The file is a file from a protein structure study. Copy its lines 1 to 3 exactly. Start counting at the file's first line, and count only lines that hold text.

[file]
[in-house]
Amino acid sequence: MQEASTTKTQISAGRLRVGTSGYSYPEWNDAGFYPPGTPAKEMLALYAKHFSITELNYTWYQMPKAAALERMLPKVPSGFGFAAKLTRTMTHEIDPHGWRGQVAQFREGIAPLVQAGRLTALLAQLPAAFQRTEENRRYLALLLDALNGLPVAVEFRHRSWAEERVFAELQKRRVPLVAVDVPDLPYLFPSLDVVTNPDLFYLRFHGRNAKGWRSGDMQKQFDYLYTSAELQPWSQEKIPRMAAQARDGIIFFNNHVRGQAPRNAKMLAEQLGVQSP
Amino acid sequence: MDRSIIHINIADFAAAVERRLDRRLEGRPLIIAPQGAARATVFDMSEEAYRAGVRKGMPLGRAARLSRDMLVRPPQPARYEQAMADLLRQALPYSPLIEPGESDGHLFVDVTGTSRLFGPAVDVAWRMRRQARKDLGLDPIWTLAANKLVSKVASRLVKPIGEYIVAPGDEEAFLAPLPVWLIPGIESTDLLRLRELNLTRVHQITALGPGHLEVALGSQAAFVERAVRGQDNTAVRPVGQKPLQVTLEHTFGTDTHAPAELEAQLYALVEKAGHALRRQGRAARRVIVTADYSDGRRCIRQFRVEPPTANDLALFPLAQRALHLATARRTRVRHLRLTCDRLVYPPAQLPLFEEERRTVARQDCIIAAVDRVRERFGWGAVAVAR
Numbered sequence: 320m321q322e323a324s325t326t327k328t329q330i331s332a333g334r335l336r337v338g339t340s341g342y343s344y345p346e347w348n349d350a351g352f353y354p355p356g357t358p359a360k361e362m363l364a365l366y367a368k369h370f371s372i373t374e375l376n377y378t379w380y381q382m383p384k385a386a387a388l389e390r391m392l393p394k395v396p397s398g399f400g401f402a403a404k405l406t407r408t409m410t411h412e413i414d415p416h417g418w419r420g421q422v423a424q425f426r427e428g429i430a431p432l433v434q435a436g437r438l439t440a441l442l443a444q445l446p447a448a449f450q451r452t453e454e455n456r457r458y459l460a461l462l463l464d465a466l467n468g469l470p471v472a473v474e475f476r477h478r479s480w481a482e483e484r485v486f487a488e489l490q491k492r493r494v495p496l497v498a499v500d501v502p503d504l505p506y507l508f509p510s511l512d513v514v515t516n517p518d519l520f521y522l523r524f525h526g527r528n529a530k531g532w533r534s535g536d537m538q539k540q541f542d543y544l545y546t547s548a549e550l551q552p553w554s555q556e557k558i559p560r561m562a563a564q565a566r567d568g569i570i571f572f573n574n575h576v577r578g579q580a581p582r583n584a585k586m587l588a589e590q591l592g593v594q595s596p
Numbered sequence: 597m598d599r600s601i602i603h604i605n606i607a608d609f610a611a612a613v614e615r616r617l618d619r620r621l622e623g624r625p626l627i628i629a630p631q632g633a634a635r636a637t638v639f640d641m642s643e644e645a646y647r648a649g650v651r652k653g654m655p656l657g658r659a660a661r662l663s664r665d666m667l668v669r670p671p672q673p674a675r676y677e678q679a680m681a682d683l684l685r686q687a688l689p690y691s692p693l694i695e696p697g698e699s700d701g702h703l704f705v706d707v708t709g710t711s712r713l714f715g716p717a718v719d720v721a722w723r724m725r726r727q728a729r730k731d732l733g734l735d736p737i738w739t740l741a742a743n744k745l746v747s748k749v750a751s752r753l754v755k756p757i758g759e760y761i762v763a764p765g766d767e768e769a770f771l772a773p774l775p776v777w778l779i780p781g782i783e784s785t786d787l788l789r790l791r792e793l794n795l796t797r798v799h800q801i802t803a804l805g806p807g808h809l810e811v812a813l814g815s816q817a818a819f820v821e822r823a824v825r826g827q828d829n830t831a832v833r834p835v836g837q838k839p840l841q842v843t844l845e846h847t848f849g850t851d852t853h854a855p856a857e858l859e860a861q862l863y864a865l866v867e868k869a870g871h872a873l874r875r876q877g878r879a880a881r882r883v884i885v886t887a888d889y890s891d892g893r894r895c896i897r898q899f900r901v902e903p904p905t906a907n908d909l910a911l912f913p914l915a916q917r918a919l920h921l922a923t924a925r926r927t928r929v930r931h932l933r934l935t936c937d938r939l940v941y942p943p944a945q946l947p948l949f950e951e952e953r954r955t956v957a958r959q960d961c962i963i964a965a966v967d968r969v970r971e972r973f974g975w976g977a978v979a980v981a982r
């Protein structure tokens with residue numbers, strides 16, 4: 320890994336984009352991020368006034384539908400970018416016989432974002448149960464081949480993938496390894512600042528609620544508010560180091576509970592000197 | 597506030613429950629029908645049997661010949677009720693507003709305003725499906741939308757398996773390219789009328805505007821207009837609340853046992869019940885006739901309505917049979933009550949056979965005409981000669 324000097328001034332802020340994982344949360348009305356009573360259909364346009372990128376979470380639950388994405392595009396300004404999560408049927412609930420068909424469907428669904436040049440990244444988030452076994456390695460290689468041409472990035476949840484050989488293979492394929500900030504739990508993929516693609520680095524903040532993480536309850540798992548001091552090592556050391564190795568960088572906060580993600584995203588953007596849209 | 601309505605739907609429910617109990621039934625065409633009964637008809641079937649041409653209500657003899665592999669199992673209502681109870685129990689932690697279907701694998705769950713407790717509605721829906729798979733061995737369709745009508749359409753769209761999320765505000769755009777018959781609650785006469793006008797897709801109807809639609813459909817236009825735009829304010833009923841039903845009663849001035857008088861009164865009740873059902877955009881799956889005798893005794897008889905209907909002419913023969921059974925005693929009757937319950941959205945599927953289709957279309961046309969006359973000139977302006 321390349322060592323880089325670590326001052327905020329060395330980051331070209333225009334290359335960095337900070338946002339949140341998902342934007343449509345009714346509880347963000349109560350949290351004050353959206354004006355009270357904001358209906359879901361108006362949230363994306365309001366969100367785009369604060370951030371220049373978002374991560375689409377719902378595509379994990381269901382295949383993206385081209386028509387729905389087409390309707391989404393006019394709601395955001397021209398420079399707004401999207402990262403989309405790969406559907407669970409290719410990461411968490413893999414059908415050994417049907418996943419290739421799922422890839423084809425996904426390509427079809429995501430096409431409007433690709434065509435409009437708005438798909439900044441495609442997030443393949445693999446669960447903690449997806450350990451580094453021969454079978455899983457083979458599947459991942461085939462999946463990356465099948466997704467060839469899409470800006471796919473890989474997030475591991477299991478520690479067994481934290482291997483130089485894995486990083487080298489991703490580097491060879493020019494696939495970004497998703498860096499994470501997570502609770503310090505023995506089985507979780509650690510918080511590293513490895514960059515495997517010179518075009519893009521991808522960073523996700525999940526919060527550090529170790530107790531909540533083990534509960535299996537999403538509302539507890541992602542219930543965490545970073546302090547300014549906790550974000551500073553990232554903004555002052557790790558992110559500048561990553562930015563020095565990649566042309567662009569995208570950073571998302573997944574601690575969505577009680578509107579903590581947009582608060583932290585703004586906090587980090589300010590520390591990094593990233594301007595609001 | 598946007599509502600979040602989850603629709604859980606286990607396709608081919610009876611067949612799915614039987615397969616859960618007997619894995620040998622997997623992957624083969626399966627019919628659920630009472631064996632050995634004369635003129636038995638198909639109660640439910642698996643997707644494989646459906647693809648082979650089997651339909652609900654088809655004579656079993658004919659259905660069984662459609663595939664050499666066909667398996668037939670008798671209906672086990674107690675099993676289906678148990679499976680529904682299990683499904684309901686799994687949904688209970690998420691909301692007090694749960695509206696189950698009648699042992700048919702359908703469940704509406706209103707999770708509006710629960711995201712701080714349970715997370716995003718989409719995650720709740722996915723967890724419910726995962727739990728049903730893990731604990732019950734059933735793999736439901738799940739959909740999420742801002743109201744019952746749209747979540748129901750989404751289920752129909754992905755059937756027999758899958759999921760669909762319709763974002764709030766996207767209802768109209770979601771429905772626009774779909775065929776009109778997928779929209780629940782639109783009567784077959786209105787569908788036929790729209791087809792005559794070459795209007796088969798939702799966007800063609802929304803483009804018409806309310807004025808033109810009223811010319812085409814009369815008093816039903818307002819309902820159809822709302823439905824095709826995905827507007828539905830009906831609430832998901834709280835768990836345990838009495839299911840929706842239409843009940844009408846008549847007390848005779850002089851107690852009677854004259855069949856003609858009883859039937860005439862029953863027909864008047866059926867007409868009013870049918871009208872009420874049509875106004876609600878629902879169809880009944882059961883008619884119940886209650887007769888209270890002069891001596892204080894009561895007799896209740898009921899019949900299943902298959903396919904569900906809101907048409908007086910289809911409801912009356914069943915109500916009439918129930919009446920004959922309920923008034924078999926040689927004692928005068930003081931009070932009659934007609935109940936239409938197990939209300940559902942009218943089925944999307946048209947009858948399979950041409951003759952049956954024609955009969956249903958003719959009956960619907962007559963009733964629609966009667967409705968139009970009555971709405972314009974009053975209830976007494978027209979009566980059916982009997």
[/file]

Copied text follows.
[in-house]
Amino acid sequence: MQEASTTKTQISAGRLRVGTSGYSYPEWNDAGFYPPGTPAKEMLALYAKHFSITELNYTWYQMPKAAALERMLPKVPSGFGFAAKLTRTMTHEIDPHGWRGQVAQFREGIAPLVQAGRLTALLAQLPAAFQRTEENRRYLALLLDALNGLPVAVEFRHRSWAEERVFAELQKRRVPLVAVDVPDLPYLFPSLDVVTNPDLFYLRFHGRNAKGWRSGDMQKQFDYLYTSAELQPWSQEKIPRMAAQARDGIIFFNNHVRGQAPRNAKMLAEQLGVQSP
Amino acid sequence: MDRSIIHINIADFAAAVERRLDRRLEGRPLIIAPQGAARATVFDMSEEAYRAGVRKGMPLGRAARLSRDMLVRPPQPARYEQAMADLLRQALPYSPLIEPGESDGHLFVDVTGTSRLFGPAVDVAWRMRRQARKDLGLDPIWTLAANKLVSKVASRLVKPIGEYIVAPGDEEAFLAPLPVWLIPGIESTDLLRLRELNLTRVHQITALGPGHLEVALGSQAAFVERAVRGQDNTAVRPVGQKPLQVTLEHTFGTDTHAPAELEAQLYALVEKAGHALRRQGRAARRVIVTADYSDGRRCIRQFRVEPPTANDLALFPLAQRALHLATARRTRVRHLRLTCDRLVYPPAQLPLFEEERRTVARQDCIIAAVDRVRERFGWGAVAVAR